https://www.jagcnet.army.mil/OSC

                  Comment


                  • #24
                    Re: IRR and retirement

                    Originally posted by Chief Kemosabe View Post
                    Can you see that Mr. Incognito has been banned from the site? If you are a combat veteran or not, you can go to the American Legion or VFW and there are reps that can help you out. They have given me some awesome advice.

                    vfw.org/Assistance/Transitioning/
                    These people wouldn't have the slightest clue on even how to spell MEB. Call no one other than the office of the soliders counsel. And of course I just typed a long response to his question and it needs to be moderated.OSC.

                    Comment


                    • #25
                      Re: IRR and retirement

                      Originally posted by realitycheck View Post
                      These people wouldn't have the slightest clue on even how to spell MEB. Call no one other than the office of the soliders counsel. And of course I just typed a long response to his question and it needs to be moderated.OSC.
                      The VA service rep at my VFW was a CSM that personally went through the process himself and received the ratings that he was seeking. Granted with everything in life, you will have your limited knowledge ones but I have come across some real knowledgeable ones.

                      Comment


                      • #26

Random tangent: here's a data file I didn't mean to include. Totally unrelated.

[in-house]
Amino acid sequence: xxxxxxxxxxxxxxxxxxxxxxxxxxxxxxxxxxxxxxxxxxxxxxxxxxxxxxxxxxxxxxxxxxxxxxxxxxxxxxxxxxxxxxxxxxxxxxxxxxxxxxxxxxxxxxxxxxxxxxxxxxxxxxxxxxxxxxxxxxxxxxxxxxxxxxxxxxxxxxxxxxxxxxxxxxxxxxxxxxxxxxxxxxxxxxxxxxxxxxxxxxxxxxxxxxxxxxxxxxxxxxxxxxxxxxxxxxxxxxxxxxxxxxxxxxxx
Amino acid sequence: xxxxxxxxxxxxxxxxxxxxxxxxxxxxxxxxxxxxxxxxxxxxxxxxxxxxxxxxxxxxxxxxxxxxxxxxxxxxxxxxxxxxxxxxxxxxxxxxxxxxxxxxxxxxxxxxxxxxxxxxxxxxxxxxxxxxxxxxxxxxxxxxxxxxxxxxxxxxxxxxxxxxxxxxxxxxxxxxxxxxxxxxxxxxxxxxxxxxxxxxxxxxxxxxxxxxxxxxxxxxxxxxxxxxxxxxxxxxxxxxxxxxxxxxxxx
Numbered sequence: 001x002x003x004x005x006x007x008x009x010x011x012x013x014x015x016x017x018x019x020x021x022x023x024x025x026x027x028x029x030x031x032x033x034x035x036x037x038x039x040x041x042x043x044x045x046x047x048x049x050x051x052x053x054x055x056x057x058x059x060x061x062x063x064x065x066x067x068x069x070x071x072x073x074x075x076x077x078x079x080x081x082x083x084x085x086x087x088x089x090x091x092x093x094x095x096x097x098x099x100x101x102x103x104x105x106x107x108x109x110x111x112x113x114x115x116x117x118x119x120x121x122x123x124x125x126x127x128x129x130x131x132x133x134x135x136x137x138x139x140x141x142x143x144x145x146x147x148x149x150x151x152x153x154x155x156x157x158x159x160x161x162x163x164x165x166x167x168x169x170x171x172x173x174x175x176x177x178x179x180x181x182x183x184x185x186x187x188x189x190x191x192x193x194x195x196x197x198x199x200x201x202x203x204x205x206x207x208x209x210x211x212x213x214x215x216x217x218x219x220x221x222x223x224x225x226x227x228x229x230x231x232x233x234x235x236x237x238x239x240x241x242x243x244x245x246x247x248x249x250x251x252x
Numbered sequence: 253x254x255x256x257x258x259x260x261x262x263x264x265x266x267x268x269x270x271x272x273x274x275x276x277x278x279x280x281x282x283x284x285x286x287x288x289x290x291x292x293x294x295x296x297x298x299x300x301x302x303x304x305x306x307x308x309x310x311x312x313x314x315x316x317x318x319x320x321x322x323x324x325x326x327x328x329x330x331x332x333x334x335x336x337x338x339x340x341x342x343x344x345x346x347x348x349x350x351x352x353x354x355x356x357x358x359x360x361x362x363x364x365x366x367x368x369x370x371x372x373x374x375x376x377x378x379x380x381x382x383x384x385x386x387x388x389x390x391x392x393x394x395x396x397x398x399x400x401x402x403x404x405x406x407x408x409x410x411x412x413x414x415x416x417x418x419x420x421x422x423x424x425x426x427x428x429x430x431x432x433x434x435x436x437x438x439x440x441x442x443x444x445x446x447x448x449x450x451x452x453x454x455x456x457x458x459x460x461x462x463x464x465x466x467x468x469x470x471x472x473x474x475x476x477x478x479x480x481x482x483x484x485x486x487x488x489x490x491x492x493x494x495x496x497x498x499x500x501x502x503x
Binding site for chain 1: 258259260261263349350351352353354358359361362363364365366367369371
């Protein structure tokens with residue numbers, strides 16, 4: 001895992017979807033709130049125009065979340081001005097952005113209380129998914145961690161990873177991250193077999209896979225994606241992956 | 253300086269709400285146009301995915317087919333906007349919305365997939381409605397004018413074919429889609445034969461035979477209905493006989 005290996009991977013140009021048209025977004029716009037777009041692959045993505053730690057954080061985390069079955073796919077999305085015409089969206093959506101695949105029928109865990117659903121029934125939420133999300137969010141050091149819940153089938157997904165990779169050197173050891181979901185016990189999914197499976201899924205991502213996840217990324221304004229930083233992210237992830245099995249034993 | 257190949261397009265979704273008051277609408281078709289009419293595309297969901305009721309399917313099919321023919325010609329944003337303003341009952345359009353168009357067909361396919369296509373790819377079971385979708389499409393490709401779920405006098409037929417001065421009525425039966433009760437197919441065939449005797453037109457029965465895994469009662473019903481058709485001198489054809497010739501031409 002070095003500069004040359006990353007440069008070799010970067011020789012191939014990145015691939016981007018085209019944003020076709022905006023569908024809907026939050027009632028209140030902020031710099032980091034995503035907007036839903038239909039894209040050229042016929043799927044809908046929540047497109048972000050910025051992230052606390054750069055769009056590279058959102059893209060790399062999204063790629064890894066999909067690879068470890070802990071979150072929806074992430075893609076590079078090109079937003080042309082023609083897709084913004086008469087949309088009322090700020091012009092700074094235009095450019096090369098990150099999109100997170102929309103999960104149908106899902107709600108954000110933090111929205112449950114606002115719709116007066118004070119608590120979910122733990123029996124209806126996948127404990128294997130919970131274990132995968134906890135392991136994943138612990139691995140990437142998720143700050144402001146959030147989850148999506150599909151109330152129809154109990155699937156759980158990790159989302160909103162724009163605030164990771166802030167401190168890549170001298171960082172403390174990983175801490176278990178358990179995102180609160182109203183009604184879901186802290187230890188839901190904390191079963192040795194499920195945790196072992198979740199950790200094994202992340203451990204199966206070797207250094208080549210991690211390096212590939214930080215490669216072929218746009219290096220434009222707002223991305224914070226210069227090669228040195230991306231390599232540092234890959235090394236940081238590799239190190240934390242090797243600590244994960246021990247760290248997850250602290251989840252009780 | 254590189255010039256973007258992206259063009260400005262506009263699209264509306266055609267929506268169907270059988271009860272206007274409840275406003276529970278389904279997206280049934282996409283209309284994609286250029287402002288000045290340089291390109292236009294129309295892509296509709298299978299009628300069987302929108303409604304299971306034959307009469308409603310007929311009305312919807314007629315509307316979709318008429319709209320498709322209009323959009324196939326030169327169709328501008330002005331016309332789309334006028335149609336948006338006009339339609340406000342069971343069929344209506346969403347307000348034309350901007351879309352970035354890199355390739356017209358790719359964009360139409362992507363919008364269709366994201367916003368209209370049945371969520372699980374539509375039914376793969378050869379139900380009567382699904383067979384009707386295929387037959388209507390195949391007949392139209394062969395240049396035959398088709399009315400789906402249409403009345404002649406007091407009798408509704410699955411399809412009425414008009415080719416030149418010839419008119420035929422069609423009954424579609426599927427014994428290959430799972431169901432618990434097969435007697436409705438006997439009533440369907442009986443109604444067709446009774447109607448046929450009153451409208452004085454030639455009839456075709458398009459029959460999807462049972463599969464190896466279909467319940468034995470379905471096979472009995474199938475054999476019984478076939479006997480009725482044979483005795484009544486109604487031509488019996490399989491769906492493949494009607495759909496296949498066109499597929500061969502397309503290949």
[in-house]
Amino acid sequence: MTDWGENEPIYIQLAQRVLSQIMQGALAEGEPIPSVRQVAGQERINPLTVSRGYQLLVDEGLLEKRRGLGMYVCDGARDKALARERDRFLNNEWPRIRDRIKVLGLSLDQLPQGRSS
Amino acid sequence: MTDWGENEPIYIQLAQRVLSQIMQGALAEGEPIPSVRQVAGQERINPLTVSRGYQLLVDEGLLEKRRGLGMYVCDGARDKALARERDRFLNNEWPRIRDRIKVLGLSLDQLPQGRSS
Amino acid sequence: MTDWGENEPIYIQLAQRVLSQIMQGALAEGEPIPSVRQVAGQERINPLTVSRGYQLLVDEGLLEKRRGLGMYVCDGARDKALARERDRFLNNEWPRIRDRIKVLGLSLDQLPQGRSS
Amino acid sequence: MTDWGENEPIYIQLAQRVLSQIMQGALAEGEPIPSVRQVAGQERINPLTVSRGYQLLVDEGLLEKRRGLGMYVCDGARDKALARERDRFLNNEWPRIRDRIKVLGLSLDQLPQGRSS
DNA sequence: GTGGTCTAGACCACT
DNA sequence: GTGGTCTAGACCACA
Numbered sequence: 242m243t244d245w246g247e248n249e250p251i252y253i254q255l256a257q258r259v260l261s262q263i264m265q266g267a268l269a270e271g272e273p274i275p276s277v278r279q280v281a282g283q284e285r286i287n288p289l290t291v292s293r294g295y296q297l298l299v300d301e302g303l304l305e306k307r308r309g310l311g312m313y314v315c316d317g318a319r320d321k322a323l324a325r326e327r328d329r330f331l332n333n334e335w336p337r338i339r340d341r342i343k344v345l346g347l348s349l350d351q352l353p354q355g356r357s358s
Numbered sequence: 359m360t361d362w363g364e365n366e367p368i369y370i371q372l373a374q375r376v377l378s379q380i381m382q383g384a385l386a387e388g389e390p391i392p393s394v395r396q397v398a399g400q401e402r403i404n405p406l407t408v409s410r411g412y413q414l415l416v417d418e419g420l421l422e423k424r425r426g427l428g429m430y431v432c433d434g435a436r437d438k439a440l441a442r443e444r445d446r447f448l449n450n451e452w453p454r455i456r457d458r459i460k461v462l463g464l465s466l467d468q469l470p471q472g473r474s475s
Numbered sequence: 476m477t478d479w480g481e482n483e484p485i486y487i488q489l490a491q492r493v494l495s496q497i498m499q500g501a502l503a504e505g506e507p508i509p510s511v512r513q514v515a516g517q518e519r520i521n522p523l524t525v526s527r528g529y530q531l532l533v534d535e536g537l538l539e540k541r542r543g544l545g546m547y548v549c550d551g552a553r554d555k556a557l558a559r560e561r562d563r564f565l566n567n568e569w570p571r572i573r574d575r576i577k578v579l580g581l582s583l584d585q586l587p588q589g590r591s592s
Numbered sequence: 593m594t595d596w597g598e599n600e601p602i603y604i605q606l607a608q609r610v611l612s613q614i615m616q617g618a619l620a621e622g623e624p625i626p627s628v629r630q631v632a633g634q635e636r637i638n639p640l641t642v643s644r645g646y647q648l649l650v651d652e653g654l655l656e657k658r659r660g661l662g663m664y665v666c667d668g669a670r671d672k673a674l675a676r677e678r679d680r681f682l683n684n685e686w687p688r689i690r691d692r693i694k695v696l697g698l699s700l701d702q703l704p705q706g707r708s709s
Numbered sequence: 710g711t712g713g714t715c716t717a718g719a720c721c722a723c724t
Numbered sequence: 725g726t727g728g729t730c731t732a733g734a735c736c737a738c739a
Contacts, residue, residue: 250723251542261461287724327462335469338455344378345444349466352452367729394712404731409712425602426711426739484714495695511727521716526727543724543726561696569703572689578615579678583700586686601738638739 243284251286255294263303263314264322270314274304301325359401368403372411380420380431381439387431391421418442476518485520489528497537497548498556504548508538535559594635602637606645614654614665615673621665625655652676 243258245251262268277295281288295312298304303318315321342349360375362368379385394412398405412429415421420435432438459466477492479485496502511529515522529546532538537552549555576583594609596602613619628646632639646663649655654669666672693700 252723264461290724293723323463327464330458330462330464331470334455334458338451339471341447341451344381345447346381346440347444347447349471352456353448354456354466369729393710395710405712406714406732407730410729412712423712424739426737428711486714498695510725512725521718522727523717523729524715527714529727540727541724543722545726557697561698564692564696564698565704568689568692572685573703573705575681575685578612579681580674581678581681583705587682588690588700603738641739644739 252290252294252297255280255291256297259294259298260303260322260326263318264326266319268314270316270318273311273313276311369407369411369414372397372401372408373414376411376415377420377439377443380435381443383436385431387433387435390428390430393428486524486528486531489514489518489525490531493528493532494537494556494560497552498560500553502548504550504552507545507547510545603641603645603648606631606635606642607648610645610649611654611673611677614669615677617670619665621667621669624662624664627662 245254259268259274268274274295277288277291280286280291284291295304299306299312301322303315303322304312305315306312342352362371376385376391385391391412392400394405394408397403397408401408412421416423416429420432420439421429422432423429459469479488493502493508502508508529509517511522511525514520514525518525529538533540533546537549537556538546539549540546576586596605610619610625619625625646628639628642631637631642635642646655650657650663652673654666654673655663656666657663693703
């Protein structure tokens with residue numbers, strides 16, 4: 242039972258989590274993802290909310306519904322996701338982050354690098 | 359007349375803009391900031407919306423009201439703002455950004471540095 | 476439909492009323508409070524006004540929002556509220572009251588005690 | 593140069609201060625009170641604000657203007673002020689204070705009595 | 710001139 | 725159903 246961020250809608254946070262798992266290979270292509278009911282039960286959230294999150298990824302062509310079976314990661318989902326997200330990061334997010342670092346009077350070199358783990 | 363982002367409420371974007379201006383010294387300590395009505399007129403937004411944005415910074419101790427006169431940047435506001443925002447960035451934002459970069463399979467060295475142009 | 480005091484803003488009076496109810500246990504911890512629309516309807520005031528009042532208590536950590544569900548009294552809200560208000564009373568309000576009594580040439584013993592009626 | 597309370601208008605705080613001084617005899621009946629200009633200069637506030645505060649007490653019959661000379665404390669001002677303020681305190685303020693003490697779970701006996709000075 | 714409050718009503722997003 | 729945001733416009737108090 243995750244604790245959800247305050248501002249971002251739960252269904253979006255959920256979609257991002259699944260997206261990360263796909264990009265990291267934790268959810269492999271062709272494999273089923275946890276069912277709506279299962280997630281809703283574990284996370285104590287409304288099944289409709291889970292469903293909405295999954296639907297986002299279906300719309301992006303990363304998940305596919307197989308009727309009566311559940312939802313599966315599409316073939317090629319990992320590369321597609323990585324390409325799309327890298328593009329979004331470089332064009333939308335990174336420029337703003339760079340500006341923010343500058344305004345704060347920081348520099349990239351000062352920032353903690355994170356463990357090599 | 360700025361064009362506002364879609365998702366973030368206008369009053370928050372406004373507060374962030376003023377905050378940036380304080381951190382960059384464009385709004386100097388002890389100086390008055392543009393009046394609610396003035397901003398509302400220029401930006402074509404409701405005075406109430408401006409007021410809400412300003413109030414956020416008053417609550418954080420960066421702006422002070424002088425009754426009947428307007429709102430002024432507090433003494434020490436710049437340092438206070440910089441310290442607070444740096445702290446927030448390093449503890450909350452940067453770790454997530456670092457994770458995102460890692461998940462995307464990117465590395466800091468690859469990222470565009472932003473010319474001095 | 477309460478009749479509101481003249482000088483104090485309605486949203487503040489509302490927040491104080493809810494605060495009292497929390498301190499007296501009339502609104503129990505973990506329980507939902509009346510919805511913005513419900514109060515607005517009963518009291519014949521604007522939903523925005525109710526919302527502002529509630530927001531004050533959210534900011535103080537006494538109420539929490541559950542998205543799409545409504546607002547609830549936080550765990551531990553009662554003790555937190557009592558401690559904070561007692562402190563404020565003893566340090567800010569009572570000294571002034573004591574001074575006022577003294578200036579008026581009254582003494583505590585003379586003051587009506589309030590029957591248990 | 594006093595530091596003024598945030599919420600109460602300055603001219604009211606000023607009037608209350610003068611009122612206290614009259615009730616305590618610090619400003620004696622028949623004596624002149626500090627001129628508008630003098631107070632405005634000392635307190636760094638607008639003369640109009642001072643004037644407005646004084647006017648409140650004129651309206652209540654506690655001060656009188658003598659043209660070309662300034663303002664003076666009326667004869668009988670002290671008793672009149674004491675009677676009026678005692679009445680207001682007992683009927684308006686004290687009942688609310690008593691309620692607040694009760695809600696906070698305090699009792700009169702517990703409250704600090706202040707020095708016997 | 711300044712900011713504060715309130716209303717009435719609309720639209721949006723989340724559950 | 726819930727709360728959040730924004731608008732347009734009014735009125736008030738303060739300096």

Re: IRR and retirement

                        Originally posted by Chief Kemosabe View Post
                        The VA service rep at my VFW was a CSM that personally went through the process himself and received the ratings that he was seeking. Granted with everything in life, you will have your limited knowledge ones but I have come across some real knowledgeable ones.
                        Its probably the most complicated area of law the army has to offer, moreover they now run the system through the Integrated Disability Evaluation System. (IDES) VA reps know about VA ratings and VA disability....going through IDES and an ARMY MEB they do not. They are two different but systematically related animals.

                        Comment


                        • #27
                          Re: IRR and retirement

                          Is there such a thing as 15 Year retirement?, I have 15 Active Duty years already, someone please let me know...

                          Comment


                          • #28
                            Re: IRR and retirement

                            Originally posted by Warrior62 View Post
                            Is there such a thing as 15 Year retirement?, I have 15 Active Duty years already, someone please let me know...
                            Are you still active duty?

                            Comment


                            • #29
                              Re: IRR and retirement

                              It is under TERA (Temporary Early Retirement Authority) and that is if you are being passed over on promotion (involuntary separated). It is not for someone who voluntary left the service after 15 years or someone who is in the Guard/RA and has not completed 20 years of service but has over 15 active (super-rare).

                              http://myarmybenefits.us.army.mil/Ho....html?serv=147

                              Temporary Early Retirement Authority (TERA)

                              Regular Army: Active Duty